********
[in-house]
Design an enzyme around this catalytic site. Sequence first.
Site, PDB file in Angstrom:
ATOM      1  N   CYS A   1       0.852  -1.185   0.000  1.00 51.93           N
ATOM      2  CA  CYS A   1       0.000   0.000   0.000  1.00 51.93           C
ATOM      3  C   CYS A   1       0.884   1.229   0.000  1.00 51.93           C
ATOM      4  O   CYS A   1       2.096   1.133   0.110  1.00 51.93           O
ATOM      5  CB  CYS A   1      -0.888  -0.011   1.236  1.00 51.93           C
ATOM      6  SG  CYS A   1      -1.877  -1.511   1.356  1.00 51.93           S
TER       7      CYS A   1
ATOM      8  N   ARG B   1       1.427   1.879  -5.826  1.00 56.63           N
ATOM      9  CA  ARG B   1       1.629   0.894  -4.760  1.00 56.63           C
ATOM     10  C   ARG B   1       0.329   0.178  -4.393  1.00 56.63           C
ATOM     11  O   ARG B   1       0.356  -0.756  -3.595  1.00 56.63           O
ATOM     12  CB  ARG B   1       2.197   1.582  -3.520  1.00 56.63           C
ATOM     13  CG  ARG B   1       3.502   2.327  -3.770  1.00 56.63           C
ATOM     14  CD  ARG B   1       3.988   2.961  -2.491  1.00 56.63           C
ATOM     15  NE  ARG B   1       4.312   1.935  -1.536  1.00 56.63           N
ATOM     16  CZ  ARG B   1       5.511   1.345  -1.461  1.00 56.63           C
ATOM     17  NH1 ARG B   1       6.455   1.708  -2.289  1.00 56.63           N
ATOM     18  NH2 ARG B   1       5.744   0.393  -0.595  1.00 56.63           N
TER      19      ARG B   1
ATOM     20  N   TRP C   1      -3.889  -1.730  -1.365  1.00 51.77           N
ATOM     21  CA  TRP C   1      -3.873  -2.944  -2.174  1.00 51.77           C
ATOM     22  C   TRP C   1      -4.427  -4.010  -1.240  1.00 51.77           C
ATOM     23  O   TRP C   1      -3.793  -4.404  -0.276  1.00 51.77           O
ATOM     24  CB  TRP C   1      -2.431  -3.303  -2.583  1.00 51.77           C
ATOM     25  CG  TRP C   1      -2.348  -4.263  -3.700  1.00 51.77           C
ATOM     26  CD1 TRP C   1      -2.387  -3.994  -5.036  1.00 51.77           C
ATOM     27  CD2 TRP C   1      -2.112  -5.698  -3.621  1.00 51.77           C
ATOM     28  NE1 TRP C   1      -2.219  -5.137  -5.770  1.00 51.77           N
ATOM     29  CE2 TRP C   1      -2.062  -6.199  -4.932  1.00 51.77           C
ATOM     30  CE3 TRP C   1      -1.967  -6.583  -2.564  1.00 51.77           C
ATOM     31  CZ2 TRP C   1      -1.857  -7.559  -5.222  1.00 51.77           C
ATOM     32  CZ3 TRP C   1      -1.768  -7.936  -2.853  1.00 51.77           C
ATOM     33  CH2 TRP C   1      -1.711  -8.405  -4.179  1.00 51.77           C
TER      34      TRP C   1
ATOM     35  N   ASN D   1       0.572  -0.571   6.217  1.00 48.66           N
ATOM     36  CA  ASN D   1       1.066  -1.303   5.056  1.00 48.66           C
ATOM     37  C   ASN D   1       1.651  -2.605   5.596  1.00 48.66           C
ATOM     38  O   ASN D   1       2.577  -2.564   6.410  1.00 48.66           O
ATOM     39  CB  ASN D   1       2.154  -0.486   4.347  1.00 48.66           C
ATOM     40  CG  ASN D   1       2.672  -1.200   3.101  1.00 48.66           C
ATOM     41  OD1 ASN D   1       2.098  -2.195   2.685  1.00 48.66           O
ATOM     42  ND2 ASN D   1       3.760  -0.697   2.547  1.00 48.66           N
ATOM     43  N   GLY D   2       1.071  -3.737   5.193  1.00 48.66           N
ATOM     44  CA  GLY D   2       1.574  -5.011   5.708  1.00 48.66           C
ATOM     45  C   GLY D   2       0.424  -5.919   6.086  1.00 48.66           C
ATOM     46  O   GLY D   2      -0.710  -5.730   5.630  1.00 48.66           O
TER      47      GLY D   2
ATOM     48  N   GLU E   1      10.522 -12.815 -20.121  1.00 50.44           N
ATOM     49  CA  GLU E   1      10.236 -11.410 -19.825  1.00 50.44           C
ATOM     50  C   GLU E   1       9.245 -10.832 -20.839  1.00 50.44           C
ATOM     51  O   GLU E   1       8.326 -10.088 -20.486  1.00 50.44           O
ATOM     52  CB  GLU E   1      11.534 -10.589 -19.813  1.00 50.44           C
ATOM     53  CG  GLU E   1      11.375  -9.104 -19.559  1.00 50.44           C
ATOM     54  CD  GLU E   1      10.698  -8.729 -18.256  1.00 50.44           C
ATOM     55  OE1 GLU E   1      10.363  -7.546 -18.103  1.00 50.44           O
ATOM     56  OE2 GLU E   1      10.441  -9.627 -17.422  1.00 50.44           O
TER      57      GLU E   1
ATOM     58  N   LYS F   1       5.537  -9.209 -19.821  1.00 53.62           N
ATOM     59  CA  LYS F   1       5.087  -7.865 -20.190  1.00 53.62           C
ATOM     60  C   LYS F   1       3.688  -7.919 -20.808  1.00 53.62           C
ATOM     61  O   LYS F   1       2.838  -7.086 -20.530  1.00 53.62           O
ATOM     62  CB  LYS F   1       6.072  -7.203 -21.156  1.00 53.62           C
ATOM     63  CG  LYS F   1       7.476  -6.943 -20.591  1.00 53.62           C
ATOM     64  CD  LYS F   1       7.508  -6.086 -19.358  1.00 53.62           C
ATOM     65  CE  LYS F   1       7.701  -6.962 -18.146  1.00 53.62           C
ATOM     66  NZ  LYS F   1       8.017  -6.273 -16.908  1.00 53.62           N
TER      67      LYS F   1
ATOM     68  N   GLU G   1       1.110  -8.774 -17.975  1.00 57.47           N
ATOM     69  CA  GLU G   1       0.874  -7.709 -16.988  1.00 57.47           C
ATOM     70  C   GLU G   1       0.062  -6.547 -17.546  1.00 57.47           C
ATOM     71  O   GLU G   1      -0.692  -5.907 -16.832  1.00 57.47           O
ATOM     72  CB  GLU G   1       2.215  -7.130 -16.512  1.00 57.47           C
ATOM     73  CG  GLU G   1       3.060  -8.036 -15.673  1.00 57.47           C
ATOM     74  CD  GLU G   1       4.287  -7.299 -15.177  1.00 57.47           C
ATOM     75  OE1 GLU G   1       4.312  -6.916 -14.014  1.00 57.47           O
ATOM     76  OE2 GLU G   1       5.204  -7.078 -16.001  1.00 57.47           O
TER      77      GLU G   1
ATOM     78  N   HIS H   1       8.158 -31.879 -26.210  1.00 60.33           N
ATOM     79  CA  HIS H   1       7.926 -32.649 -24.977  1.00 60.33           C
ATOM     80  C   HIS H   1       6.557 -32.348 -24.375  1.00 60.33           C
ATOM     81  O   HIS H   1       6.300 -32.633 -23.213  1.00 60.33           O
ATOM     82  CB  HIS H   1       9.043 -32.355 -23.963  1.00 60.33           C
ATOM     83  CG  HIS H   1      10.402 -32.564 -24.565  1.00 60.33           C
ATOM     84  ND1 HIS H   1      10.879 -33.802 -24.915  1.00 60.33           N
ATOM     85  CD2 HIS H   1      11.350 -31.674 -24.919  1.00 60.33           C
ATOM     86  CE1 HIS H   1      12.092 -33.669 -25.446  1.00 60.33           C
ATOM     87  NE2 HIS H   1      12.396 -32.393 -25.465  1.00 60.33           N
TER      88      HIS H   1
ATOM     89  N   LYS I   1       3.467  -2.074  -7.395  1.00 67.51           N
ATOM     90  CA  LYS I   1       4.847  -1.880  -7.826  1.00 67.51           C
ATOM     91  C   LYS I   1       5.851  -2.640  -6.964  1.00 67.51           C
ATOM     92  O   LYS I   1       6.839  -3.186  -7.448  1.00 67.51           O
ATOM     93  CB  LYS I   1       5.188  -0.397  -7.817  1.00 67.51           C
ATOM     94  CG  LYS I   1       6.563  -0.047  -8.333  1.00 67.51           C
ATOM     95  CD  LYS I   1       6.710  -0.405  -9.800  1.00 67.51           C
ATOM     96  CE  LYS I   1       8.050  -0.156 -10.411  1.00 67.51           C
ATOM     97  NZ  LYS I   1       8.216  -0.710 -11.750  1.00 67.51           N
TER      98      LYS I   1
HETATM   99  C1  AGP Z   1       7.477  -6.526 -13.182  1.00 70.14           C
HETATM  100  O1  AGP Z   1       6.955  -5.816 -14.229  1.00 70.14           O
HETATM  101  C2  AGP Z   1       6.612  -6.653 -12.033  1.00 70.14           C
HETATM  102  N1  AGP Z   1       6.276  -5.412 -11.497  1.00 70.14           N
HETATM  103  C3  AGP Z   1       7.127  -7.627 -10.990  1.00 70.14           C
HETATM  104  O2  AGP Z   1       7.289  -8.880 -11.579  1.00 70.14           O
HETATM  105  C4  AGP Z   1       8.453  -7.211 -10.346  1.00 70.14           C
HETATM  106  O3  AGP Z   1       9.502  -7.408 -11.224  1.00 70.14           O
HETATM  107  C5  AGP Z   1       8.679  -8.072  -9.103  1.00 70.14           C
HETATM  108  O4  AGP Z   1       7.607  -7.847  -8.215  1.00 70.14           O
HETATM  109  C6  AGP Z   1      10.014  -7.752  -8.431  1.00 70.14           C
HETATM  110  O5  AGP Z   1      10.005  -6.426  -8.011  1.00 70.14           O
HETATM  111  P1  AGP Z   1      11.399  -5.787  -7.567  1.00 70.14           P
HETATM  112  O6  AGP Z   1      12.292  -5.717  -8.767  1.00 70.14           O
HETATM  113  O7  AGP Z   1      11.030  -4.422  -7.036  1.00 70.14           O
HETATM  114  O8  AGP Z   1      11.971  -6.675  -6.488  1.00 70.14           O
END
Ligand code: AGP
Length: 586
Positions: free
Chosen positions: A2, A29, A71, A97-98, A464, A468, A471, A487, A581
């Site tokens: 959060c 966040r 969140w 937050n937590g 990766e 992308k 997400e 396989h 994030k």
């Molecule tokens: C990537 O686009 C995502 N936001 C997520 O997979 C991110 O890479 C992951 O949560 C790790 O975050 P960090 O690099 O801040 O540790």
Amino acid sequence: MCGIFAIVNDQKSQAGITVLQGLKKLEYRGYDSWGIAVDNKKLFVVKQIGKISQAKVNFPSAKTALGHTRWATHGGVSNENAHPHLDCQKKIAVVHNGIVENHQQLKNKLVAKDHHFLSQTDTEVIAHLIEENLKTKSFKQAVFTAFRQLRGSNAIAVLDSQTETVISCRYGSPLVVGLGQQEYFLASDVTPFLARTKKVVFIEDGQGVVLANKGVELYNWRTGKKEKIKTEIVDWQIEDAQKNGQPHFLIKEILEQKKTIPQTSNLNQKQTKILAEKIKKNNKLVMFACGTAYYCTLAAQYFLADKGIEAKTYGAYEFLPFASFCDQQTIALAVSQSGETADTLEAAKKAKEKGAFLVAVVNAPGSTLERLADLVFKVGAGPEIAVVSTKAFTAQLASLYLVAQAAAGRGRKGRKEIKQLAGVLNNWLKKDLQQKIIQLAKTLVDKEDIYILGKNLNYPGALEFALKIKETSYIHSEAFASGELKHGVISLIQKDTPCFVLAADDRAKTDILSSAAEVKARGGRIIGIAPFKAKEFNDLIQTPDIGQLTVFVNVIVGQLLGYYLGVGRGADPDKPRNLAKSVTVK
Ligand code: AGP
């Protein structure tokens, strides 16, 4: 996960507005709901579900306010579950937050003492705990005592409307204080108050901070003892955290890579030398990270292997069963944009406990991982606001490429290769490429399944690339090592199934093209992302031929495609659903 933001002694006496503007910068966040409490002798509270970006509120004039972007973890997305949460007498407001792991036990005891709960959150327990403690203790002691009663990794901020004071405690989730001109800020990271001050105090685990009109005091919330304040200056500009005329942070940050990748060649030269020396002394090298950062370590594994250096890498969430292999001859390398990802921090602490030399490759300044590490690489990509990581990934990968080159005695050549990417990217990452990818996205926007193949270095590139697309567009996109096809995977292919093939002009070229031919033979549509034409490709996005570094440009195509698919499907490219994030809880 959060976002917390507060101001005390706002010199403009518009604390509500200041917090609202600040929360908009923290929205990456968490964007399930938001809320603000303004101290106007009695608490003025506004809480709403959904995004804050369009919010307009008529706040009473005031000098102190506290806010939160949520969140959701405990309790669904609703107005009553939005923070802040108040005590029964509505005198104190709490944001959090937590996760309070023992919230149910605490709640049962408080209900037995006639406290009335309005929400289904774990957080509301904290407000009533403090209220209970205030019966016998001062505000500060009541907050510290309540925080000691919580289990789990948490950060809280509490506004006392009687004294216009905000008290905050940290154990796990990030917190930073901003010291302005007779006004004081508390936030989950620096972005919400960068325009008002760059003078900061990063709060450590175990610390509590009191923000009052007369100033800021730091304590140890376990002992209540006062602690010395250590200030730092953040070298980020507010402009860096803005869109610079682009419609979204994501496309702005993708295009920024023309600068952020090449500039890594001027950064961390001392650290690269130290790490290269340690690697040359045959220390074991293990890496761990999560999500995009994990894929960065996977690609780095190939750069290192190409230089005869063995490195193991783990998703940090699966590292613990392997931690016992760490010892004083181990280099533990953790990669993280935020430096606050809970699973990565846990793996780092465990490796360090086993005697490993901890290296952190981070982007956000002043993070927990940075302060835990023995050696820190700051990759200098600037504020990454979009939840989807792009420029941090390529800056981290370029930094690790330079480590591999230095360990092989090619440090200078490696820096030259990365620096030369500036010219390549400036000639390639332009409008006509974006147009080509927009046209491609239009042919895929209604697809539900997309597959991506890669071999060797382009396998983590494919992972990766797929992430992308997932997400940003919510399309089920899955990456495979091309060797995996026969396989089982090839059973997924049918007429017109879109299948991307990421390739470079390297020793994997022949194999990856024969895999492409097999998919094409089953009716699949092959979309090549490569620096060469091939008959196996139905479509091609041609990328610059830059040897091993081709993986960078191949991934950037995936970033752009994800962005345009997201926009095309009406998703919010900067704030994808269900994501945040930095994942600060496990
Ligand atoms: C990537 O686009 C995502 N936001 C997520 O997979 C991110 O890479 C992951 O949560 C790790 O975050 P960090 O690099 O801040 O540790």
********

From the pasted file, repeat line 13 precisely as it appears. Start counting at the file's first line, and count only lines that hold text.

ATOM     10  C   ARG B   1       0.329   0.178  -4.393  1.00 56.63           C